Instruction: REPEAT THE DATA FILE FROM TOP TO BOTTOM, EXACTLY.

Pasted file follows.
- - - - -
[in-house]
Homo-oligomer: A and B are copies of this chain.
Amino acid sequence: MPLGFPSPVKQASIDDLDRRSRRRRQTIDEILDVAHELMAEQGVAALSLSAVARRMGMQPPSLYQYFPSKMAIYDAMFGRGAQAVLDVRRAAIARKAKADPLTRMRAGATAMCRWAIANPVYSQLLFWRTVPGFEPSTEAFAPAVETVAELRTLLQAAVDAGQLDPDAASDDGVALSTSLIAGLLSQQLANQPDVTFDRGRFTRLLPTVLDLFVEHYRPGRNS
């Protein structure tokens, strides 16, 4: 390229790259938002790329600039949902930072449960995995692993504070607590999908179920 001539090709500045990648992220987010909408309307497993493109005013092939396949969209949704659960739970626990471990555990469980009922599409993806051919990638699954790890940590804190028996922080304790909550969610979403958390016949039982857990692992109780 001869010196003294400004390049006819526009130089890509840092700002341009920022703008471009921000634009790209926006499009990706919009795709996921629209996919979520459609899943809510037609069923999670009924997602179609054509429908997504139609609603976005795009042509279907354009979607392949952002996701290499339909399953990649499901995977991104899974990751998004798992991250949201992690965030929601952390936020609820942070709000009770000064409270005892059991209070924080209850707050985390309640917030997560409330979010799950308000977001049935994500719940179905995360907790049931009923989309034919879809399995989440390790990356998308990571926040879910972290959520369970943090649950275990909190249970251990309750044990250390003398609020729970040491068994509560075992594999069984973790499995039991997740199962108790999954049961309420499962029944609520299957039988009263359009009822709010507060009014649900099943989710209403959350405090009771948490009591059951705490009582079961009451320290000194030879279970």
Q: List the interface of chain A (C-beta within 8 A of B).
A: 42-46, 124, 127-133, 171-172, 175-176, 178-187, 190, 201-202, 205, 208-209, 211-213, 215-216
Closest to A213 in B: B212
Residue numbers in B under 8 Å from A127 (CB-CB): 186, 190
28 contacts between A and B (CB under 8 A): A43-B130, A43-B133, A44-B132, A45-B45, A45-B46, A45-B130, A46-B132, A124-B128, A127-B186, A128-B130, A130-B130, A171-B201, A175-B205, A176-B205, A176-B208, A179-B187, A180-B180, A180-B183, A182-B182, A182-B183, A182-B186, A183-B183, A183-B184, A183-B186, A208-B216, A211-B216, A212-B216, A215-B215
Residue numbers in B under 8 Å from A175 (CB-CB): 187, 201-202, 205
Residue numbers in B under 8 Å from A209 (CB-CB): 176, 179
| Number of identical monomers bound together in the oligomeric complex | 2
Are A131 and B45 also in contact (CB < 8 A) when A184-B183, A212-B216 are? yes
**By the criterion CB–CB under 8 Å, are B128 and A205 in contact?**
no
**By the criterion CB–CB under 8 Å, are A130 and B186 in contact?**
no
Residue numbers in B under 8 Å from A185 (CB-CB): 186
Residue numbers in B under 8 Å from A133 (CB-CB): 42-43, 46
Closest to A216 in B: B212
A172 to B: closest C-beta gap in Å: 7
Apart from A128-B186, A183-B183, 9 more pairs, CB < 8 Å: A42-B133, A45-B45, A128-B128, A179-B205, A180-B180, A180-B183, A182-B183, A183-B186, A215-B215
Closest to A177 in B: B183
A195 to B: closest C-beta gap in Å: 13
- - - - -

[in-house]
Homo-oligomer: A and B are copies of this chain.
Amino acid sequence: MPLGFPSPVKQASIDDLDRRSRRRRQTIDEILDVAHELMAEQGVAALSLSAVARRMGMQPPSLYQYFPSKMAIYDAMFGRGAQAVLDVRRAAIARKAKADPLTRMRAGATAMCRWAIANPVYSQLLFWRTVPGFEPSTEAFAPAVETVAELRTLLQAAVDAGQLDPDAASDDGVALSTSLIAGLLSQQLANQPDVTFDRGRFTRLLPTVLDLFVEHYRPGRNS
């Protein structure tokens, strides 16, 4: 390229790259938002790329600039949902930072449960995995692993504070607590999908179920 001539090709500045990648992220987010909408309307497993493109005013092939396949969209949704659960739970626990471990555990469980009922599409993806051919990638699954790890940590804190028996922080304790909550969610979403958390016949039982857990692992109780 001869010196003294400004390049006819526009130089890509840092700002341009920022703008471009921000634009790209926006499009990706919009795709996921629209996919979520459609899943809510037609069923999670009924997602179609054509429908997504139609609603976005795009042509279907354009979607392949952002996701290499339909399953990649499901995977991104899974990751998004798992991250949201992690965030929601952390936020609820942070709000009770000064409270005892059991209070924080209850707050985390309640917030997560409330979010799950308000977001049935994500719940179905995360907790049931009923989309034919879809399995989440390790990356998308990571926040879910972290959520369970943090649950275990909190249970251990309750044990250390003398609020729970040491068994509560075992594999069984973790499995039991997740199962108790999954049961309420499962029944609520299957039988009263359009009822709010507060009014649900099943989710209403959350405090009771948490009591059951705490009582079961009451320290000194030879279970």
Q: List the interface of chain A (C-beta within 8 A of B).
A: 42-46, 124, 127-133, 171-172, 175-176, 178-187, 190, 201-202, 205, 208-209, 211-213, 215-216
Closest to A213 in B: B212
Residue numbers in B under 8 Å from A127 (CB-CB): 186, 190
28 contacts between A and B (CB under 8 A): A43-B130, A43-B133, A44-B132, A45-B45, A45-B46, A45-B130, A46-B132, A124-B128, A127-B186, A128-B130, A130-B130, A171-B201, A175-B205, A176-B205, A176-B208, A179-B187, A180-B180, A180-B183, A182-B182, A182-B183, A182-B186, A183-B183, A183-B184, A183-B186, A208-B216, A211-B216, A212-B216, A215-B215
Residue numbers in B under 8 Å from A175 (CB-CB): 187, 201-202, 205
Residue numbers in B under 8 Å from A209 (CB-CB): 176, 179
| Number of identical monomers bound together in the oligomeric complex | 2
Are A131 and B45 also in contact (CB < 8 A) when A184-B183, A212-B216 are? yes
**By the criterion CB–CB under 8 Å, are B128 and A205 in contact?**
no
**By the criterion CB–CB under 8 Å, are A130 and B186 in contact?**
no
Residue numbers in B under 8 Å from A185 (CB-CB): 186
Residue numbers in B under 8 Å from A133 (CB-CB): 42-43, 46
Closest to A216 in B: B212
A172 to B: closest C-beta gap in Å: 7
Apart from A128-B186, A183-B183, 9 more pairs, CB < 8 Å: A42-B133, A45-B45, A128-B128, A179-B205, A180-B180, A180-B183, A182-B183, A183-B186, A215-B215
Closest to A177 in B: B183
A195 to B: closest C-beta gap in Å: 13